How can other agencies benefit from GSA’s experience?
GSA’s experience migrating to the cloud can help other federal agencies contract for and make the transition to the cloud. You can learn more about Google Apps for Government, and other government customers using these apps on our website.

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Profile Photo Chris Poirier

I support google and their products when I can..however to be fair..and transparent..I would encourage people to ask actual employees at GSA how this experience has been so far. From what I’ve heard, from many, it’s anything but the roses and rainbows mentioned above.
A few examples I’ve heard:
1.) complete and utter lack of training of employees (CBTs and a helpdesk number where people point you back to the CBTs.)
2.) system lacks functionality they had prior to migration. (encryption, auto attachment forward, return receipt, easy archiving, etc.)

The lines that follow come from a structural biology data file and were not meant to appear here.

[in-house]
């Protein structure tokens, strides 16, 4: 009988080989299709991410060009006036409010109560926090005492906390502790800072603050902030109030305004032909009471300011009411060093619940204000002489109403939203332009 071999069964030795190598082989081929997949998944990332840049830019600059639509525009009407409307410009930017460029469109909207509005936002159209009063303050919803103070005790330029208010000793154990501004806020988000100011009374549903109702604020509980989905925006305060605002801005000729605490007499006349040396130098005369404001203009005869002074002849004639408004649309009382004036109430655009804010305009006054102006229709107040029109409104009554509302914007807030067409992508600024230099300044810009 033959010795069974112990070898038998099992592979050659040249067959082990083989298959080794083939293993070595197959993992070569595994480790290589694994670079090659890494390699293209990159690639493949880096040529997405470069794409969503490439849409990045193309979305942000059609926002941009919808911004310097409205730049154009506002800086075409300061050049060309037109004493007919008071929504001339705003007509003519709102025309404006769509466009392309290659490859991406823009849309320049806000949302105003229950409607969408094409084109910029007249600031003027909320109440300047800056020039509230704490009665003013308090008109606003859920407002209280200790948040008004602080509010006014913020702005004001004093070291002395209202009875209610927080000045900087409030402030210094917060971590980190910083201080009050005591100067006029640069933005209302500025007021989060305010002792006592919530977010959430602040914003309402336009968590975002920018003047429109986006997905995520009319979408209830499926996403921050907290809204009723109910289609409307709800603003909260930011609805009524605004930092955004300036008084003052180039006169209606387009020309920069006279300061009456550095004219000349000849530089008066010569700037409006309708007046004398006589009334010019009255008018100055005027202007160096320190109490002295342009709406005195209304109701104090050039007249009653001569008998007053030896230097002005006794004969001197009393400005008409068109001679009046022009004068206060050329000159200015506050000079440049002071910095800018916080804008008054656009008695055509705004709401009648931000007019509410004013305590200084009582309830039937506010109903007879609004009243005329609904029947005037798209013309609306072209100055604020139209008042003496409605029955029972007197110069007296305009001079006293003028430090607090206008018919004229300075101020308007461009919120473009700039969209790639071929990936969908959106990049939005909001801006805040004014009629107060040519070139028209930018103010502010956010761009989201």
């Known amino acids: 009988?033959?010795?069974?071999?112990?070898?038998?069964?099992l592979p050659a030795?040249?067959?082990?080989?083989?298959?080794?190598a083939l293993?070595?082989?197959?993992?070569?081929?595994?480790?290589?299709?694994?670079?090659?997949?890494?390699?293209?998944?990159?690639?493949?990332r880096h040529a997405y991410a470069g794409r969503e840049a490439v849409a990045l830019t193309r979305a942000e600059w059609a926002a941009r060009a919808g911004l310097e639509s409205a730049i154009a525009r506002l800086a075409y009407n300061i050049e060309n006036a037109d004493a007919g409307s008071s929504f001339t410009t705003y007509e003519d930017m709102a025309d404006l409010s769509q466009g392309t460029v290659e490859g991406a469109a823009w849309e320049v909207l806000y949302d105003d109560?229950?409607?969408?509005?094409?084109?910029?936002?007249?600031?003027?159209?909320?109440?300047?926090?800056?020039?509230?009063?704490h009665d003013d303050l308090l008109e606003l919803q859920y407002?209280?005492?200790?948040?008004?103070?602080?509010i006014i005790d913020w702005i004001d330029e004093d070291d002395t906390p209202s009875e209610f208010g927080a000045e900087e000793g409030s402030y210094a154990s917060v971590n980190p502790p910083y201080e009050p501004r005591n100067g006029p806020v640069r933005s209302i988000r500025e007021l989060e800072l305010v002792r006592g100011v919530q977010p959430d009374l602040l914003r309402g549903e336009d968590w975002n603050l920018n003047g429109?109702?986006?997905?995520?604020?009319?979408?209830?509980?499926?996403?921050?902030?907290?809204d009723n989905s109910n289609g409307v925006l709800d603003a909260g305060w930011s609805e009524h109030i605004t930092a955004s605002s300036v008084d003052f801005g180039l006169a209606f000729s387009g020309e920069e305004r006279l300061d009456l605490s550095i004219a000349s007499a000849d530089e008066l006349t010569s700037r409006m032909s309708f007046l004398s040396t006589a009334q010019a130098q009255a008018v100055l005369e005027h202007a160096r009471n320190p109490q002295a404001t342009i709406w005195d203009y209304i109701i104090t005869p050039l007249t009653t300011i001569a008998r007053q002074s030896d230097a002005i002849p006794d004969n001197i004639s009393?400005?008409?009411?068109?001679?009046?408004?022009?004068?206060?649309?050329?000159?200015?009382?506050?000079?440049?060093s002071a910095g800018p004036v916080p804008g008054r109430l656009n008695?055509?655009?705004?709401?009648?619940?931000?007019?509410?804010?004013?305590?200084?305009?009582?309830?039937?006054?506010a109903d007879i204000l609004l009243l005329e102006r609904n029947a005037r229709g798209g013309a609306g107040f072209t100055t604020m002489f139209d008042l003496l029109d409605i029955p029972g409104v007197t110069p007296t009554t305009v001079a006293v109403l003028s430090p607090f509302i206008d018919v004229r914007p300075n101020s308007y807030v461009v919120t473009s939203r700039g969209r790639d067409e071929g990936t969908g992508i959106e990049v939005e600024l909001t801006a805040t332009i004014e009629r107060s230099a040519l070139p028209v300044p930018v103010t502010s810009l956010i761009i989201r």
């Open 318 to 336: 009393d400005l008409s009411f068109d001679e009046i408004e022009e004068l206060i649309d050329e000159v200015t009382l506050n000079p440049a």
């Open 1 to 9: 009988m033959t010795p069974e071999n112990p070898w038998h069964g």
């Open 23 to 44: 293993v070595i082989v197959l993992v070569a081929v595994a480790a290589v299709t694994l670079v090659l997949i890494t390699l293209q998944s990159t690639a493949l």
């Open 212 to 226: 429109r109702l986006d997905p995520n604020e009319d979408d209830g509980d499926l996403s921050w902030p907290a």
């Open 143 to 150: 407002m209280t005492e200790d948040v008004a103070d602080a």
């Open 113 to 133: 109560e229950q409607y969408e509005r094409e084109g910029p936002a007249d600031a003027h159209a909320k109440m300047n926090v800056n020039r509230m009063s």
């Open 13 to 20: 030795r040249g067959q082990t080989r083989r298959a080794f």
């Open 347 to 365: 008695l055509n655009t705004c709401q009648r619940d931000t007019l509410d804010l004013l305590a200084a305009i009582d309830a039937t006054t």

3.) multiple domino databases held within their old lotus notes system were not migrated prior to switch over. (many offices lost or will lose databases they were never informed would require funding and programmatic support to maintain post google)
4.) being in the could, when external internet connectivity is lost, the network loses all email connectivity (including blackberry)
5.) many of the google apps, etc require and/or use chrome. chrome does not work via GSAs current telework solution impacting teleworkers when at home.

6.) random thought, but no one has answered: GSA employees show up in personal GChat sessions of non GSA employees automatically like any normal person. Does this mean the GSA gchat/gmail is completely open and not controlled by the agency? (What i’m saying is that their chat function is public, not controlled/agency in anyway..how did GSA get that past security when most other agencies can’t even link microsoft communicator between sub components due to security and that tool is ENTIRELY INSIDE THE FIREWALL..just saying..)